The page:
Question: What do you get when a Texas Secretary of State puts out a press release (on Jan. 25), that says his office is turning over a list of 95,000 alleged non-citizens registered to vote, of whom 58,000 allegedly voted? To the attorney general, for possible prosecution?
Answer: In this case, you may get the need for Gov. Greg Abbott to appoint a new Secretary of State, Texas’s chief election official, to replace his former staff member David Whitley.
Abbott appointed Whitley Dec. 17 from his gubernatorial staff, where Whitley was assistant chief of staff and worked on gubernatorial appointments.
He had also worked on Abbott’s staff as attorney general, from 2004 until Abbott became governor.
The reason Abbott may have to replace him stems from major flaws in that rollout, which thus involves Democrats in the Texas Senate and its own math problem, which we’ll explain in a minute.
As for the state of Texas, the result is having to defend itself in three federal lawsuits alleging voter discrimination and suppression.
For good-government advocates, it underlines the need for doing a good job.
The secretary of state’s office had taken its list of the 95,000 non-citizens from the Department of Public Safety’s records of people who were non-citizens legally in Texas and got driver’s licenses, and then compared that to records of people who had voted, to produce the 58,000 who may have voted illegally.
The problem was that many of those people, if not most, had subsequently gotten their citizenship, but are not required to report that to the DPS.
Driver’s licenses are good for six years, so that changed citizenship status would not show up in DPS records until they renew their license.
The secretary of state’s office was leaving it up to county election officials to verify whether those potentially illegal voters were actually citizens. But they rolled out the list with much fanfare, surprising local officials.
The blastout, however, was repeated and applauded in tweets by Abbott, Atty. Gen. Ken Paxton – who tweeted under the headline “VOTER FRAUD ALERT” -- and President Donald Trump.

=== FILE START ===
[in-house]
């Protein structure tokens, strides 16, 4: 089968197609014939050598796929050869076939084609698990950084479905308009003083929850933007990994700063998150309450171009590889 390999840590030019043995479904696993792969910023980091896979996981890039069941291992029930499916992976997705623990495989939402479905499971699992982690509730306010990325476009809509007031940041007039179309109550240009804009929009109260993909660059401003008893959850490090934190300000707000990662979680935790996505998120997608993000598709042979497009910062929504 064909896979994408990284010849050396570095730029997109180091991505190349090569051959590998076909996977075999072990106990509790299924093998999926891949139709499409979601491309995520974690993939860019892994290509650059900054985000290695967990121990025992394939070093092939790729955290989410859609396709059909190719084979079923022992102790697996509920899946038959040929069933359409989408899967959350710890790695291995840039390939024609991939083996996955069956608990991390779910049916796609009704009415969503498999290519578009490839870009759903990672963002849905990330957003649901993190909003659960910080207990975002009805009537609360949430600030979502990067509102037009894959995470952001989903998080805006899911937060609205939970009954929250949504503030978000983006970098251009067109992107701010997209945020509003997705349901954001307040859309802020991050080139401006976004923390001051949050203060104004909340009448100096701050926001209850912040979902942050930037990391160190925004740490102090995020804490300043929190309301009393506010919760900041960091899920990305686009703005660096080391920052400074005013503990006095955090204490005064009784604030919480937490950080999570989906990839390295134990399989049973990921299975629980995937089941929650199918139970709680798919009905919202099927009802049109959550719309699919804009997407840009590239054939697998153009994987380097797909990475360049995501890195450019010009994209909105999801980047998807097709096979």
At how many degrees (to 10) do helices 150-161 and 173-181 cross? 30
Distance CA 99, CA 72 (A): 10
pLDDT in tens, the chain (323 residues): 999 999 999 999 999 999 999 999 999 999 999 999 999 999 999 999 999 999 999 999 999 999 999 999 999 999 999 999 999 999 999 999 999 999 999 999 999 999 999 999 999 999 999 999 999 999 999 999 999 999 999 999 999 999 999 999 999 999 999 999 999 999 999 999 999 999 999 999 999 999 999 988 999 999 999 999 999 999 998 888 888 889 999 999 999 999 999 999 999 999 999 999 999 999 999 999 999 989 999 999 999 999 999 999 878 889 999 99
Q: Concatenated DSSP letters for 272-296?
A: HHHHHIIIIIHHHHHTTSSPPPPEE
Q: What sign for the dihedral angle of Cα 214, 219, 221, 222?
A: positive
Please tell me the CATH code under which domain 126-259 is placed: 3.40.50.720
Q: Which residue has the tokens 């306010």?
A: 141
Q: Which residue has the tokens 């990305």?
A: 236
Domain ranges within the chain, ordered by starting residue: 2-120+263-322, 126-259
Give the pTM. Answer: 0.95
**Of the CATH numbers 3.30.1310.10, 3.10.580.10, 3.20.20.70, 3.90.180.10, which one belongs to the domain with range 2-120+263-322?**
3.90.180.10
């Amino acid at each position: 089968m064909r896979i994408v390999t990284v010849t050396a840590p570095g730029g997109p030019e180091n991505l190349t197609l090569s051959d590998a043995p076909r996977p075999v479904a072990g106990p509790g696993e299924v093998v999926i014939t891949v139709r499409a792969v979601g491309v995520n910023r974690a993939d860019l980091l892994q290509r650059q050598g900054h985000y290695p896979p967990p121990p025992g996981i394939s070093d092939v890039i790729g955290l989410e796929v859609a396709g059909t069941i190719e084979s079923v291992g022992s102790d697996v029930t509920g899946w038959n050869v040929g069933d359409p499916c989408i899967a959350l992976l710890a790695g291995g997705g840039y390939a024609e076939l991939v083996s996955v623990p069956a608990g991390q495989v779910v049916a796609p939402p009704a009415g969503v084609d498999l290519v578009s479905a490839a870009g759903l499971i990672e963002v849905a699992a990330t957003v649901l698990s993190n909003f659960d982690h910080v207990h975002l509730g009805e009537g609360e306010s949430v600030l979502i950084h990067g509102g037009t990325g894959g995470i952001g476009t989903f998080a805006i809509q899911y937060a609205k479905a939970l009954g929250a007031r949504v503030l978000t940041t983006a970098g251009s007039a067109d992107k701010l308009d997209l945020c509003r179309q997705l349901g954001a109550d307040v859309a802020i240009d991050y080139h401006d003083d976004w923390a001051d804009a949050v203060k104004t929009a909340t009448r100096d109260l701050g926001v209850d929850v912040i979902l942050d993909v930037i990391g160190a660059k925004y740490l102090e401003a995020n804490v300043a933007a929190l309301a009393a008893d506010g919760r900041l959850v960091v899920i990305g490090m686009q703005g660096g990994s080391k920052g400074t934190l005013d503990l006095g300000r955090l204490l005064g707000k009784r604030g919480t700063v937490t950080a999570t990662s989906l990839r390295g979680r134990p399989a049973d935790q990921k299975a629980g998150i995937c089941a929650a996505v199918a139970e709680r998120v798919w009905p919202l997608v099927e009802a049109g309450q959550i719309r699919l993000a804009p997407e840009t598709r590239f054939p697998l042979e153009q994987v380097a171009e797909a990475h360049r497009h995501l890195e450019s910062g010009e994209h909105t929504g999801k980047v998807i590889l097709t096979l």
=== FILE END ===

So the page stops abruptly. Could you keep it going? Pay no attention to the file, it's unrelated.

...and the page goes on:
Rather quickly, a lot of discoveries were made of people who shouldn’t have been on the list – most of them because they had gotten their citizenship status after getting their driver’s licenses, and before they voted. But, the DPS records didn’t reveal that.
Now, for the math problem involving Senate Democrats:
Secretary of State Whitley has yet to be confirmed by the Texas Senate, a required step for gubernatorial appointees.
While a governor can make appointments when the legislature isn’t in session – which is most of the time – those interim appointees must be confirmed the next time the legislature convenes.
If the Senate doesn’t confirm the appointee by a two-thirds vote during that session, the appointment becomes invalid.
So, Whitley needs Senate confirmation before the legislative session ends on May 27, or he’s out as Secretary of State. If the Senate holds a vote and he is not confirmed, he’s out immediately.
Whitley appeared before the Senate Nominations Committee Feb. 7, and faced some tough grilling from Democrats senators for ballyhooing the potential widespread voter fraud allegations without making sure they were correct.
Since Whitley’s appearance before the Senate Nominations Committee, his confirmation had not been brought up at its next two Thursday meetings. Whether and when it will be voted on is unclear.
The committee can recommend his confirmation by a majority vote. But in the full Senate, it takes two-thirds of those present and voting to confirm him.
There are 31 members in the Senate – 19 Republicans, and 12 Democrats. If all 31 members are present and voting, it would take 21 senators to confirm him. That would mean two Democrats would have to join all 19 Republicans for that to happen.
As of last week, the final two of the 12 Democrats said they would not vote to confirm Whitley. If Whitley’s nomination reaches the full Senate, if all the Democrats vote no, he’s out of there.
There are certainly calls for Whitley to rescind the voter lists, which are being shredded by local election officials anyway, and go back to the drawing board. But so far, he and Gov. Abbott – who a spokesman said supports Whitley “100 percent” --seem to be continuing to ride the same wounded horse.
But Abbott could decide that rather than go through the embarrassment of seeing his nominee get busted, it might be better for Whitley to resign, and go back to the governor’s staff, and Abbott could appoint someone else.
So far, however, there’s no sign of that happening. Stay tuned.